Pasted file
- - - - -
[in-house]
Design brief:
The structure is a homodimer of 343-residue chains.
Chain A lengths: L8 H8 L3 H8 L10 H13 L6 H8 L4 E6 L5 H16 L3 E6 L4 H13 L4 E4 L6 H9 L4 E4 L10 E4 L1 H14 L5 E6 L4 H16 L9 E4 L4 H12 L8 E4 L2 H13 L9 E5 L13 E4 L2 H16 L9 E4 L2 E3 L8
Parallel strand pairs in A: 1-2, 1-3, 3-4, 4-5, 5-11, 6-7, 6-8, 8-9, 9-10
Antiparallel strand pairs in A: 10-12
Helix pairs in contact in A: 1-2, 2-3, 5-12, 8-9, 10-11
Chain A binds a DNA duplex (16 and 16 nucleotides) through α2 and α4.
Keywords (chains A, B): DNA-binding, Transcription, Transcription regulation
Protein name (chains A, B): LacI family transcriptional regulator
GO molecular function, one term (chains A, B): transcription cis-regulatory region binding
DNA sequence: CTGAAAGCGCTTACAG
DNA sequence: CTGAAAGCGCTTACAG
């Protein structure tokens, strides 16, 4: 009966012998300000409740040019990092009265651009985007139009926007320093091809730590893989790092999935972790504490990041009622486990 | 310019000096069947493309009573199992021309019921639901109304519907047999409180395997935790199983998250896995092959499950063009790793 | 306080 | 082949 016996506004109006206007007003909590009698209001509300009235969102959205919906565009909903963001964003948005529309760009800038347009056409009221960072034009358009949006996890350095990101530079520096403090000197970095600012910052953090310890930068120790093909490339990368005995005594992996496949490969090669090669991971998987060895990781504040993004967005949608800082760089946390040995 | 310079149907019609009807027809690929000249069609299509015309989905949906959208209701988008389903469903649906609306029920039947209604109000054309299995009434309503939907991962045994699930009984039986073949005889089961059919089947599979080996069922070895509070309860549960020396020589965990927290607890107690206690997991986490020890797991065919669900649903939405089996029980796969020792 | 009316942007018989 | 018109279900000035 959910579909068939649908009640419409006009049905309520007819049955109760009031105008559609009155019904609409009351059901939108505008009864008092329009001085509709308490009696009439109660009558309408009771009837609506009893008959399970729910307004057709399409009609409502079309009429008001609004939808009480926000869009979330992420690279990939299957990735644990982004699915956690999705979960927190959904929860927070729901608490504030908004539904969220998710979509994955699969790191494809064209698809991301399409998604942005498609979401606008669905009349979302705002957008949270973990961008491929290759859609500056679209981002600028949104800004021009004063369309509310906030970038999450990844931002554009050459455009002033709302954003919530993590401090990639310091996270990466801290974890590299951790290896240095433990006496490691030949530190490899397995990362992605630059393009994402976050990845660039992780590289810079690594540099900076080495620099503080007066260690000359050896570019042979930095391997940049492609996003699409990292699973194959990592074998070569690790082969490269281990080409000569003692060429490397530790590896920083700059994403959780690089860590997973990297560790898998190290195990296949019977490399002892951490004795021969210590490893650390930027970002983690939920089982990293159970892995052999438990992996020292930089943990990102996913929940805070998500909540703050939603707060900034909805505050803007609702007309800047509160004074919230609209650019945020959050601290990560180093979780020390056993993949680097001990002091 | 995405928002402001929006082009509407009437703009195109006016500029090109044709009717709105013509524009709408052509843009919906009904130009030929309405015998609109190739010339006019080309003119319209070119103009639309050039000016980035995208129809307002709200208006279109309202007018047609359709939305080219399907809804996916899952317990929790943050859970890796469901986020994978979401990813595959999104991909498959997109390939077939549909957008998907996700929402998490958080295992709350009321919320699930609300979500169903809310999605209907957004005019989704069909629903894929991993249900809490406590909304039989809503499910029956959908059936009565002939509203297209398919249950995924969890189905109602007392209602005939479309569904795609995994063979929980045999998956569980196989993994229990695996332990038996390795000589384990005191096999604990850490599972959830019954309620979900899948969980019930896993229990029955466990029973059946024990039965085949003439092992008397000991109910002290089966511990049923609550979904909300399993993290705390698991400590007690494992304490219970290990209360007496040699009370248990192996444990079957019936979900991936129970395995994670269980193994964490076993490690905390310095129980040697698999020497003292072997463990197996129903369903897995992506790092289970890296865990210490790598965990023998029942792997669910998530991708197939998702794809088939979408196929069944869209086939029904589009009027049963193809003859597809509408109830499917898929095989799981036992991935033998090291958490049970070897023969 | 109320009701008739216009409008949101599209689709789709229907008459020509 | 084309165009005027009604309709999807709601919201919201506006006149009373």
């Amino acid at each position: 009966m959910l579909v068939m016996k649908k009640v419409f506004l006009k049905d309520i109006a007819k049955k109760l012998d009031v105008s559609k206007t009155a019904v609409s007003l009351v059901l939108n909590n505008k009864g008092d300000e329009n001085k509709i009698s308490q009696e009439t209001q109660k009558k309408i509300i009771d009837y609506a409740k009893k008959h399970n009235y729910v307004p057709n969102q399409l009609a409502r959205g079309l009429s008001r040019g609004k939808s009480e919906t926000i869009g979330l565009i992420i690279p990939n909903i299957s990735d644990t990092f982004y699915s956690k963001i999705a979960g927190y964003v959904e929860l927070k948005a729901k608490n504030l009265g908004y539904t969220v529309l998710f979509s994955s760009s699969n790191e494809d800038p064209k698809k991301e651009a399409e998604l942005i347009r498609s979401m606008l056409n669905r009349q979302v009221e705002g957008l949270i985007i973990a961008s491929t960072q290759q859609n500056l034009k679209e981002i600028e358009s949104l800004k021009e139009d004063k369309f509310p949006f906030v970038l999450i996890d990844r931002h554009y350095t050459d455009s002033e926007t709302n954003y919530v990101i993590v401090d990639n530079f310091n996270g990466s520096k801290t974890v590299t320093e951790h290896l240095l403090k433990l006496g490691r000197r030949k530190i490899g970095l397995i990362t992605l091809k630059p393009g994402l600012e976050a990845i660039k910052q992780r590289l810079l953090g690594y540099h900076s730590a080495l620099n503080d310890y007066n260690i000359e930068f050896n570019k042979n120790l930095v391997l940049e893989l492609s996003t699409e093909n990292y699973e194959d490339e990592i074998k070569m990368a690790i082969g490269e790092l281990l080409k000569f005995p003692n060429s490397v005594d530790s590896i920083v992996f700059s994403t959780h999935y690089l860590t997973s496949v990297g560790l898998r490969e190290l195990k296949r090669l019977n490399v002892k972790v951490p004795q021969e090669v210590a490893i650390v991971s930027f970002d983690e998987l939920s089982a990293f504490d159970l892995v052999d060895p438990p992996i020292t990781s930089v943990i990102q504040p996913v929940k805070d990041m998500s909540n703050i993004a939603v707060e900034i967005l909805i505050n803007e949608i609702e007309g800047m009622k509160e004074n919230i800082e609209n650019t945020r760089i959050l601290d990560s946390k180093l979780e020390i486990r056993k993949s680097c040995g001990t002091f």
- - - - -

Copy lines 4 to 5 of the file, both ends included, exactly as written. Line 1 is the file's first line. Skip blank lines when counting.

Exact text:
Chain A lengths: L8 H8 L3 H8 L10 H13 L6 H8 L4 E6 L5 H16 L3 E6 L4 H13 L4 E4 L6 H9 L4 E4 L10 E4 L1 H14 L5 E6 L4 H16 L9 E4 L4 H12 L8 E4 L2 H13 L9 E5 L13 E4 L2 H16 L9 E4 L2 E3 L8
Parallel strand pairs in A: 1-2, 1-3, 3-4, 4-5, 5-11, 6-7, 6-8, 8-9, 9-10